Gemini Rue [2011]

Traditional adventure games are in an interesting position nowadays. After declaring their death a decade ago, they managed to survive, evolving into a low budget niche genre focused around a specialized audienced and not so much in the mainstream market like in the good old days when Lucas Arts and Sierra fought for glory.

During the last decade, the genre steadily grew and we saw some interesting attempts that tried to modernize it beyond the shadow of past glories. Games like Machinarium, The Dream Machine and of course, the subject of this review, Gemini Rue.

Gemini Rue is a personal project of Joshua Nuernberger published by Wadjeteye (responsible for friendly Blackwell series). The game gained some notoriety after winning the IGF Student Award in 2010. But in reality, for the larger audience the main selling point and interest was the artistic direction full of cyberpunk influences.

Thats precisely its strogest point, but ironically also it’s aquilles heel. It’s so close to pop culture cyberpunk imagery that sometimes it struggles to create its own identity. In fact, sometimes i got the feeling that Gemini Rue never really manages to take off towards its huge potential. Visually the game is gorgeous but rarely seems alive, the atmosphere is stunning but too artificial and the game world is very appealing but the scale is tiny.

It’s unfair to criticize Gemini Rue for the small scale since it’s  an independent project of a single person, but it is a pity that the whole game is set in half a dozen places and everything is conveniently located in the same neighborhood, the same streets and in the same apartments.

Another of the strong points, the narrative also reflects its low budget and independent spirit. It covers very interesting topics and addresses them in a competent way, but it could have gone further. Some of the themes are unususal  to see in this form of entertainment and left me wanting for more complexity. The role that memories have on humans and in how they define us is very refreshing. Are we the same person without our memories and past experiences? Do we become a new one? What power have the people who control them and define what are our memories are? Gemini Rue sometimes almost enters into interesting and complex philosophical paths, even if sometimes it lacks  the courage to move on.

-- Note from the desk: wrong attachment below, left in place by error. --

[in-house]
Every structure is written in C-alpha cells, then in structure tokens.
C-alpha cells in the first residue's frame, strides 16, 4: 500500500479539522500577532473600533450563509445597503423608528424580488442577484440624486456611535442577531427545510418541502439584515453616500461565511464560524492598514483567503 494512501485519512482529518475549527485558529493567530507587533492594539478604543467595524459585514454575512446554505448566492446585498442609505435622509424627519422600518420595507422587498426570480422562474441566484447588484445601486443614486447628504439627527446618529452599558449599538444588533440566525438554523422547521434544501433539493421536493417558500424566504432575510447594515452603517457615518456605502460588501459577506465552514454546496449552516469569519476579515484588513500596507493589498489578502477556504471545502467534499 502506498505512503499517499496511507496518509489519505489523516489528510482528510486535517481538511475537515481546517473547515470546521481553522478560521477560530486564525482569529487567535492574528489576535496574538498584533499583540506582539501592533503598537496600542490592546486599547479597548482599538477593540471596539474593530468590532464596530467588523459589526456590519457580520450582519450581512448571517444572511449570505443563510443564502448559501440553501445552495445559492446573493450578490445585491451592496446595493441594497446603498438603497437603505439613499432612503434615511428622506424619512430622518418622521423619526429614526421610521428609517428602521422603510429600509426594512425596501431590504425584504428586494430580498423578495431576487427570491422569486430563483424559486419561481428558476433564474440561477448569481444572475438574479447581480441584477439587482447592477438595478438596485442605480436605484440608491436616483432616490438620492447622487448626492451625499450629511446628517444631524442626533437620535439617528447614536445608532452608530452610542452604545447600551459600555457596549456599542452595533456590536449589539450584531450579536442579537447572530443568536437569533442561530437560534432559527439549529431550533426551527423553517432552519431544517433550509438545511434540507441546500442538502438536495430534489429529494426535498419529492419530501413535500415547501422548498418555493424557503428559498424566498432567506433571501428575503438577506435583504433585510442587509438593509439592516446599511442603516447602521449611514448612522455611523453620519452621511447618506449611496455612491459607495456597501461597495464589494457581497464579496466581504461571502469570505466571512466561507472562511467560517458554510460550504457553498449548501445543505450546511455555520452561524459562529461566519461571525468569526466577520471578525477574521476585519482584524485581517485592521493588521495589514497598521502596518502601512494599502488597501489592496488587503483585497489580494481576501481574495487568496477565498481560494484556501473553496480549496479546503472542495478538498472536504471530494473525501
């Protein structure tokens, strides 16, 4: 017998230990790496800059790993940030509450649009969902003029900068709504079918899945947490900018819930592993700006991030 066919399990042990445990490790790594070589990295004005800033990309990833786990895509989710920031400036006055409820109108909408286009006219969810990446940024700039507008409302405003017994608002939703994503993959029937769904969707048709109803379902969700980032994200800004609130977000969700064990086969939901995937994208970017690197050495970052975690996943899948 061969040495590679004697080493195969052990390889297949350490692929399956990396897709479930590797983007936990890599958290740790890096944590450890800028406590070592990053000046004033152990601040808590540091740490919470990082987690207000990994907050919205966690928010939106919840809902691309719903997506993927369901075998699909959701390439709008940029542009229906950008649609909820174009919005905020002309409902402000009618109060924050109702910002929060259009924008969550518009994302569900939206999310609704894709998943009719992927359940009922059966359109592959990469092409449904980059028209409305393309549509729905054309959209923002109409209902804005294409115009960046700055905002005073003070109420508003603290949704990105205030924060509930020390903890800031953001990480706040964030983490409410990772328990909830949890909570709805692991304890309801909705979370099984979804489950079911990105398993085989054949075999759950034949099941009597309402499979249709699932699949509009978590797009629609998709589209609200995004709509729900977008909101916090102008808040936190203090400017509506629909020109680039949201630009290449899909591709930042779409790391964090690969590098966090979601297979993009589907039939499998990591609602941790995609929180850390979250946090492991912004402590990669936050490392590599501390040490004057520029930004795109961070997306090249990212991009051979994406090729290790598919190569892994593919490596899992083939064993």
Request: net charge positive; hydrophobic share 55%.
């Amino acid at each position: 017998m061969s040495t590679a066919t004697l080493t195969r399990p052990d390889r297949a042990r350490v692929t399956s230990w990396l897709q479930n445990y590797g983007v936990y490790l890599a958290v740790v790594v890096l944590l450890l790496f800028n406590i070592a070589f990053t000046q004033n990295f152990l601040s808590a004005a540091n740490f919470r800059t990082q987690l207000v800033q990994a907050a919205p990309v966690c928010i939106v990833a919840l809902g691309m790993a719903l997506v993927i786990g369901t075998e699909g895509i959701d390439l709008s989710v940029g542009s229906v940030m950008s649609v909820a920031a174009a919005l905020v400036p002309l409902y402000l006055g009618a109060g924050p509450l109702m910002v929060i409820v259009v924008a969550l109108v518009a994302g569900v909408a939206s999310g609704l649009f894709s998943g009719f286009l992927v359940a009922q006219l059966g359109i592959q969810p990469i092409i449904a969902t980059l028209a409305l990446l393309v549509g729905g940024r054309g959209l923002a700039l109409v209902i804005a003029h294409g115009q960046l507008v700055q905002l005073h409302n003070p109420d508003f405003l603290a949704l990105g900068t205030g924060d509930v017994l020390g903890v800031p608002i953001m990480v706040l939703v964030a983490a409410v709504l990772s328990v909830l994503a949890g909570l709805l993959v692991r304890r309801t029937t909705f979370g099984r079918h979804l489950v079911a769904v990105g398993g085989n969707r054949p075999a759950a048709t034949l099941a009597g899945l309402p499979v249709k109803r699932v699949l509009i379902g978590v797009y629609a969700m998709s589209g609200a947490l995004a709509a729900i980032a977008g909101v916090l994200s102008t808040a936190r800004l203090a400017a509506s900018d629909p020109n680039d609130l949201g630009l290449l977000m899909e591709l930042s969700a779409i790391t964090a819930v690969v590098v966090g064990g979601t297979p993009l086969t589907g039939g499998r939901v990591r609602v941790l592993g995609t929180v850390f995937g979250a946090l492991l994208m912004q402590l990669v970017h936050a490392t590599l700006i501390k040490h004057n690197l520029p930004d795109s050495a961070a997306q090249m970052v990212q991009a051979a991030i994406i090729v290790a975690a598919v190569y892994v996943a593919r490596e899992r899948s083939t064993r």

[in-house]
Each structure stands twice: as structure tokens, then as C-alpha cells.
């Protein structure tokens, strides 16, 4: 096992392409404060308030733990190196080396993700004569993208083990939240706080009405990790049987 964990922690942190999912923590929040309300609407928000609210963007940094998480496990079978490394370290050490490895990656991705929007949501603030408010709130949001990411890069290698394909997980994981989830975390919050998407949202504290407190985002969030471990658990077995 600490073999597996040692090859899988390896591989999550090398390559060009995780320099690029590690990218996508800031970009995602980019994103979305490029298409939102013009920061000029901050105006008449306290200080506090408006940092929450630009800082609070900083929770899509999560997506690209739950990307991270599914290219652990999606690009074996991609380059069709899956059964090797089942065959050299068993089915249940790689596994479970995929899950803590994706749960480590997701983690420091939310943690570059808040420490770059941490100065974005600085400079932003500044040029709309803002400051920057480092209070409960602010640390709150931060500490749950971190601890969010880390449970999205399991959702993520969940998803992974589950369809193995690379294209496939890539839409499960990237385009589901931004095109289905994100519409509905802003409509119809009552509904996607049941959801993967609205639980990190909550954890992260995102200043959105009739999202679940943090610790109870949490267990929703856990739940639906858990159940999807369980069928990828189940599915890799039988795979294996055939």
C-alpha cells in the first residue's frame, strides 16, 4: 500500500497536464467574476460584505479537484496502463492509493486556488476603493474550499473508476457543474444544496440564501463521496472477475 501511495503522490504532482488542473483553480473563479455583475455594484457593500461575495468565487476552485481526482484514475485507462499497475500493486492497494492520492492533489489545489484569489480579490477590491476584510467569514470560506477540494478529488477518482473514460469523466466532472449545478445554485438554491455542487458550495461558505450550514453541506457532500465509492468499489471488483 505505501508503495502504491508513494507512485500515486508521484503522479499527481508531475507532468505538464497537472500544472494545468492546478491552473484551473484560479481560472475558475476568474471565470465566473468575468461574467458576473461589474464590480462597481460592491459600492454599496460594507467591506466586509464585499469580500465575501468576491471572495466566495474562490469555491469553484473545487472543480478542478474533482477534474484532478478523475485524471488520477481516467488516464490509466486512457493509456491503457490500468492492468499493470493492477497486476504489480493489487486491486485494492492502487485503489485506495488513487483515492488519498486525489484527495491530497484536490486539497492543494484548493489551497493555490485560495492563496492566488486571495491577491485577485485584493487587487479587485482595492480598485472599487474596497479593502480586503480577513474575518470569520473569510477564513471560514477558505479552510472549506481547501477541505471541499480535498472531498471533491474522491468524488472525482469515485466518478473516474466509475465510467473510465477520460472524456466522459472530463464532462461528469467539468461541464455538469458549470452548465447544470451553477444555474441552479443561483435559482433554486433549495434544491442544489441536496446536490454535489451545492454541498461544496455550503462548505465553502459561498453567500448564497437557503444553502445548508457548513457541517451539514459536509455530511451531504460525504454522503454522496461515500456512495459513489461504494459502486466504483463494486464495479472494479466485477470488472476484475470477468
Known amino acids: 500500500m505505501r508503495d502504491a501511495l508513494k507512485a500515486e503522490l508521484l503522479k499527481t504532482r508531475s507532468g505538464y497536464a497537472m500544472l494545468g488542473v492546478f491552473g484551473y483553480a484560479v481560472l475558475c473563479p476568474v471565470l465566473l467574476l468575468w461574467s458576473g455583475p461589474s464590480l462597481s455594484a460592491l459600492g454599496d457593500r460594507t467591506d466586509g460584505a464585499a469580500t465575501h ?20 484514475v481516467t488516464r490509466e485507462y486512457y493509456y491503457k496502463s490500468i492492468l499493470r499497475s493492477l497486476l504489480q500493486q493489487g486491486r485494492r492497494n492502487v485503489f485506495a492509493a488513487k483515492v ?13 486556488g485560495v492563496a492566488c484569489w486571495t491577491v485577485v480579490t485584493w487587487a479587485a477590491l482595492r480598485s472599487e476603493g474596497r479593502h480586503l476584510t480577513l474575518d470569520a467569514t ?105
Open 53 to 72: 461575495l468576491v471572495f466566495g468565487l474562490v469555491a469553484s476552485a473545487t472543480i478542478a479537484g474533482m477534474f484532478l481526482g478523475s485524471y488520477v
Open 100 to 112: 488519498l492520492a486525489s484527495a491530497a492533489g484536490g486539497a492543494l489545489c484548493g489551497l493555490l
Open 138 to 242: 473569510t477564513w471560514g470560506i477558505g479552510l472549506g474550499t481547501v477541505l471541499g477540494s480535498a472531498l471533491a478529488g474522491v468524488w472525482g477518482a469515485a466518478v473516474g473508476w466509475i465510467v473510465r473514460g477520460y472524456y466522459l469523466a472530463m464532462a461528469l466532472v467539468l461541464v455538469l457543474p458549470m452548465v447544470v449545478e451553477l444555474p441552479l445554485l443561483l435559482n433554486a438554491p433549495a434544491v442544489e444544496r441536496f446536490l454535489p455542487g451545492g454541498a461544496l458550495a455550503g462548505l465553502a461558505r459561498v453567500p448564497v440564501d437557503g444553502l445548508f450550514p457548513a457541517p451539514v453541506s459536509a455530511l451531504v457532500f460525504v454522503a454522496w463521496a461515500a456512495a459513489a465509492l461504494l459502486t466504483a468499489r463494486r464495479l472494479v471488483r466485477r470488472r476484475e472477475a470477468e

The story itself is well structured with narrative parallels between two planes in which we control two different characters seemingly unconnected. The outcome has a pair of clever twists that radically alter the perception of the events we’d been having. However, again, the game suffers a bit due to its small scale, since the characters are so few that eventually we add 1 +1 and its easy to decipher the secrets of the story.

The interface and controls are what we expect from a traditional adventure game, fortunately (for me) the puzzles are few, logical and easy. In a game so focused on the narrative, that was an excellent decision. The search system is interesting, but everything else is pretty standard, with a system of four verbs and a traditional inventory. It has a combat system that is not as intrusive as it may seem initially.

As i said previously, the visuals are very good in the retro style that tries to emulate, imagine a mix between the direction of the Blade Runner game with the style of the first Gabriel Knight. But i think it could have been even better if it ran at higher resolutions. Sound is one of its strengths, especially the music (as you can imagine very Vangelis, of course), unfortunately the voice acting can’t keep up with the same brilliance, quite the oposite unfortunatly.

In conclusion, Gemini Rue is a good adventure game full of potential, but limited by the fact it was developed by a single (even though talented) person. The narrative and retro style turn out to be the strong points with everything else not quite in the same level. As an independent project it’s worth playing.

+ Story
+ Retro style
+ Music

Voice acting
– Too short

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